I’m pinning blame on the Baby-Sitters Club, although I’m not sure the Golden Girls are completely innocent. Whoever’s to blame, the ideal of the female foursome is firmly entrenched in my consciousness. I’ve always longed to create that ideal, and at 36, I’m still yearning for it.
To try to figure out where I went wrong, I prepared this data table (below):
My Early Attempts at Female Group Bonding
|My Approximate Age||Name of Foursome||Description||Reason for Dissolution|
|10||Fantastic Four||Social club||Changing friend dynamics|
|11||The Gemstones||Social club (Motto: “We sparkle when we’re together.”)||Changing friend dynamics, but also lack of parentally-funded clubhouse|
|12||Intrigue!||Band||Changing friend dynamics, but also lack of musical ability|
|13||The Future Generation||A cappella singing group||Changing friend dynamics and shifting priorities, but also shortage of Wilson Phillips tunes|
There have been other attempts at creating foursomes—high school friends, college roommates and such—but I think I’ve collected enough data to prove that unlike on television, the vicissitudes of real life prevent women from forming long-lasting friendships. What other reason (besides the fact that I’m antisocial and hate shopping) could there be for my floundering here without my Miranda, Samantha, and Charlotte? (I’m Carrie, of course. Everyone wants to be Carrie.)
If 80s sitcoms like The Golden Girls, Living Single, and Designing Women introduced the female foursome to women my age, Sex and the City perfected it. The Golden Girls, while charming in their own right, were two generations removed from me, but the women on Sex and the City were characters I could relate to. I didn’t just want to be like those beautiful, glamorous New Yorkers; I wanted to be them. They represented my best possible self—adventurous, successful, glamorous, cosmopolitan, connected. Whatever character flaws they had receded into the distance as they flounced down the streets of Manhattan in their chic peacoats and stunning Manolo Blahniks. I need that, I would think to myself while watching the show. Three gorgeous soul mates. We will have raucous, alcohol-infused brunches and borrow each other’s bras and love each other unconditionally, forever.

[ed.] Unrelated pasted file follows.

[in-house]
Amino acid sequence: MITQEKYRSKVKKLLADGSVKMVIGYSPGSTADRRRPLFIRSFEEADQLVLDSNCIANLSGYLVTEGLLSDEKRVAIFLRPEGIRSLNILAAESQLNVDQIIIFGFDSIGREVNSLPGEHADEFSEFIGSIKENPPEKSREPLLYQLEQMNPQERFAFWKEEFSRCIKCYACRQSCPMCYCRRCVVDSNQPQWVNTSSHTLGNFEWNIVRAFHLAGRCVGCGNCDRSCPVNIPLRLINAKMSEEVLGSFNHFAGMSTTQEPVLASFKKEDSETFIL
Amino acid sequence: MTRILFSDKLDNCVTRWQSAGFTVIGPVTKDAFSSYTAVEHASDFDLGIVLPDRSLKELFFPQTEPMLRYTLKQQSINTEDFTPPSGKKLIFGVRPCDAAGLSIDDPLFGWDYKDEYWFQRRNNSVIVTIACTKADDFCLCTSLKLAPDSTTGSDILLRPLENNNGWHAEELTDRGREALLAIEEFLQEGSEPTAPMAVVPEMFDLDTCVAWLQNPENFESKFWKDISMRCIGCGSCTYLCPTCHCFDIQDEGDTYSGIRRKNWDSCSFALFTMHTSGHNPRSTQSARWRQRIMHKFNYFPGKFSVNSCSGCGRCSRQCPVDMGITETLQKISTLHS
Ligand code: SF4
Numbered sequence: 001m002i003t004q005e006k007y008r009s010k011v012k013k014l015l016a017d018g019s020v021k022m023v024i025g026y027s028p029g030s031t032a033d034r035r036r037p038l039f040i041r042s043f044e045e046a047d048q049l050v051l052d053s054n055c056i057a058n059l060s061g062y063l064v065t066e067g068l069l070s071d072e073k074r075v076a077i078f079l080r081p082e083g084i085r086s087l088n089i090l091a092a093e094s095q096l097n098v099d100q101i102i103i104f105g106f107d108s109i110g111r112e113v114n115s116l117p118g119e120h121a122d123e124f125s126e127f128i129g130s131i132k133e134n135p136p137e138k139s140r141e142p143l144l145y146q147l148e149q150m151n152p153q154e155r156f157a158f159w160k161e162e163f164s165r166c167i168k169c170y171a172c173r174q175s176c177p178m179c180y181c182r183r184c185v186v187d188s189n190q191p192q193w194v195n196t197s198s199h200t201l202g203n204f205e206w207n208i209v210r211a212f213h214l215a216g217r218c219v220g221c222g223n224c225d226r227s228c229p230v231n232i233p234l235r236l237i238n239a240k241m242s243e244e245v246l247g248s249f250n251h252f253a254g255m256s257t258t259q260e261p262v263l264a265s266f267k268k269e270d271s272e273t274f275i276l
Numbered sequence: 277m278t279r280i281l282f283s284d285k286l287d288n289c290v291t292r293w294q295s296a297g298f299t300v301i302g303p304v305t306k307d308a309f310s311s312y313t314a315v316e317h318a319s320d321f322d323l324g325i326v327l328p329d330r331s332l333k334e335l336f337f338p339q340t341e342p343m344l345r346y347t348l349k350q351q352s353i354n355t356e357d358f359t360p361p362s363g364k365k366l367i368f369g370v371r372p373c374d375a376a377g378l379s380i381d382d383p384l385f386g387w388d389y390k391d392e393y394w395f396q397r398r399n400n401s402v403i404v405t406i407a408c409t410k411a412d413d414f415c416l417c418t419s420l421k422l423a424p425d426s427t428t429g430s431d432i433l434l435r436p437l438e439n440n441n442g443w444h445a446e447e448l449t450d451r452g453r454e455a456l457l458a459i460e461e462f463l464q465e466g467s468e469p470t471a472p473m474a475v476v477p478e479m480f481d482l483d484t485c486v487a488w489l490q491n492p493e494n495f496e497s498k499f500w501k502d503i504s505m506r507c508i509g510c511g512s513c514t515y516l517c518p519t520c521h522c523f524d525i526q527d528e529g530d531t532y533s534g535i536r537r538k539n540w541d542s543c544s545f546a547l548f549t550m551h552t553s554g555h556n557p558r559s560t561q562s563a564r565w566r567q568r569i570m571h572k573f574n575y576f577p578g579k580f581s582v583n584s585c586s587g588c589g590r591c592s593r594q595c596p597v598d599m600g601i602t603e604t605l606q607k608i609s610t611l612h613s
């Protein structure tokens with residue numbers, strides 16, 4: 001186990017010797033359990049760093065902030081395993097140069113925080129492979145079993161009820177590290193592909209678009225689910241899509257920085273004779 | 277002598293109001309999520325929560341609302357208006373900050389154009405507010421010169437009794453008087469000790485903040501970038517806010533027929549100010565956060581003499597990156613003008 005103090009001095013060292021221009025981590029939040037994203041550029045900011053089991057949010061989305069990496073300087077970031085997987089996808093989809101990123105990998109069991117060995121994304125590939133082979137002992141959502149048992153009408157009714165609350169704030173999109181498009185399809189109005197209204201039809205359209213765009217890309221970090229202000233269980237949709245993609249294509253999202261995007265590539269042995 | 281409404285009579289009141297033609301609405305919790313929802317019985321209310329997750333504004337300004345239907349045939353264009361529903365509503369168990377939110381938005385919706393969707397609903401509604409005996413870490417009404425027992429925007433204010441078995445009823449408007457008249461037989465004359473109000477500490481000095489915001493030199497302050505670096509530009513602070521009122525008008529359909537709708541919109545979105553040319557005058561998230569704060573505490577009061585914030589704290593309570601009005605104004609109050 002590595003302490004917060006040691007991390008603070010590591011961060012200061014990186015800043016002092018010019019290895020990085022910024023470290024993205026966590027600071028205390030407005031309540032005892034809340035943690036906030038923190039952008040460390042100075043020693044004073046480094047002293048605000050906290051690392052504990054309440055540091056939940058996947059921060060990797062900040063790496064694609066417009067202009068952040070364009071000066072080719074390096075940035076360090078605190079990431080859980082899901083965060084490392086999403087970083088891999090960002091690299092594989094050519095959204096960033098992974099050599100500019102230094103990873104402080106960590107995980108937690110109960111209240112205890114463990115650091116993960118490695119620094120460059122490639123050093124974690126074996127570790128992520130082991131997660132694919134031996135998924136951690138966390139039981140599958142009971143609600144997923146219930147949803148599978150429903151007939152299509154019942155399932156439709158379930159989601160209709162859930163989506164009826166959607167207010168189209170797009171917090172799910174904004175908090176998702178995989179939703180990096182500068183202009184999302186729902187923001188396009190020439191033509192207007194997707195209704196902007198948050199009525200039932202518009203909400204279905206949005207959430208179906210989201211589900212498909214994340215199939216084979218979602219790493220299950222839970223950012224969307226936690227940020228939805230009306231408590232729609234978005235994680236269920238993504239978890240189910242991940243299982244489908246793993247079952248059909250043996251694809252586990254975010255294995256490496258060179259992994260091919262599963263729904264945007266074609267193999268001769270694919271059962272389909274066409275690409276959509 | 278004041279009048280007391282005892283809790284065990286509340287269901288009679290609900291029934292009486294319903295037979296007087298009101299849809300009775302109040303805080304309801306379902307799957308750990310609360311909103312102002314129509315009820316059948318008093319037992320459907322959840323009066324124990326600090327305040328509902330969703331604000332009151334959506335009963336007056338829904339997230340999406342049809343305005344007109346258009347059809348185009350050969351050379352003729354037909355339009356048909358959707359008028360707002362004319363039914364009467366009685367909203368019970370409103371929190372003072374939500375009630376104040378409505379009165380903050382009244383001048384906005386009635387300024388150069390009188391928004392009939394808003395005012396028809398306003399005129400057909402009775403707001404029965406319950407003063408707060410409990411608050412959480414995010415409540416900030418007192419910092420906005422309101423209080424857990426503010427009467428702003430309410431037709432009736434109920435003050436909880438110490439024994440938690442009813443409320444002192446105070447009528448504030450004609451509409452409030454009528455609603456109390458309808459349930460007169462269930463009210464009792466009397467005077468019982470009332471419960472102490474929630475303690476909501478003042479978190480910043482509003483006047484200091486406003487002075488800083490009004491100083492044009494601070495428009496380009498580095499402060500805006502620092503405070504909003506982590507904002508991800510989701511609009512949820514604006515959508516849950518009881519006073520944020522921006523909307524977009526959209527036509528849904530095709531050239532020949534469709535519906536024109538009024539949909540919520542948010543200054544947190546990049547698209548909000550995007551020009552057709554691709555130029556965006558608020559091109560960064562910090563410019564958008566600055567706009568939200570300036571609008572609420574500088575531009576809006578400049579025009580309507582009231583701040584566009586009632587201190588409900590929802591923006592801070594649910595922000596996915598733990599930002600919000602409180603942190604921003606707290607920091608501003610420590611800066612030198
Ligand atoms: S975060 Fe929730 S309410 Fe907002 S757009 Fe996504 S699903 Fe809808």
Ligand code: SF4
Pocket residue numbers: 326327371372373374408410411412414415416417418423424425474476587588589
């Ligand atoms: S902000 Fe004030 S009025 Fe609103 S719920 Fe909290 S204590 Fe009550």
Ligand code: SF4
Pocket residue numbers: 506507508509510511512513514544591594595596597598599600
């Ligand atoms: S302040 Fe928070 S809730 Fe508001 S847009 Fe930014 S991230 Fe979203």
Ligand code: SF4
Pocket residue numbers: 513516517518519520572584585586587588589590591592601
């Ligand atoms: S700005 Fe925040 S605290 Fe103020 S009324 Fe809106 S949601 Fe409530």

There is one foursome to which I still belong. We clicked as a group when we sat at the same table serendipitously on the first day of high school physics, and we’ve been friends twenty years hence. But we are not in any way like the women on Sex and the City. One isn’t even a woman (although he does perform in drag and pulls off heels way better than I do). None of us is glamorous (unless you count Mistress Ginger, one of the drag characters, whom I would say exudes her fair share of glamour). We don’t conform to the archetypes on TV: according to a Boston Globe piece, The Voice of Reason (Sophia, Carrie), The Bruised Idealist (Dorothy, Miranda), The Passionate Diva (Blanche, Samantha), and The Perpetual Innocent (Rose, Charlotte). We don’t have brunch every week; living in different cities, we see each other barely once a year. We don’t borrow each other’s bras, and we don’t share a magical pair of pants. The four of us have different beliefs and have taken divergent paths since high school.
And yet I feel, as I did back in high school, that somehow I belong with them, that all four of us are integral parts of a whole.
Maybe this is how it works: maybe, whether by your own efforts or by accident, you get who you need, when you need them, for as long as you need them. I don’t know if, in our golden years, the Physics Four will meet in the kitchen at 3 a.m. to solve each other’s problems over cheesecake. I just have to trust that whoever is sitting at that table is who I need. And who needs me.
Addendum in Which My Husband Shits All Over My Beautiful Ending
G: What’s your latest post about?
Me: It’s about how I want desperately to be part of a female foursome like the Golden Girls.
G: Do you really?
G: But…you don’t like anyone.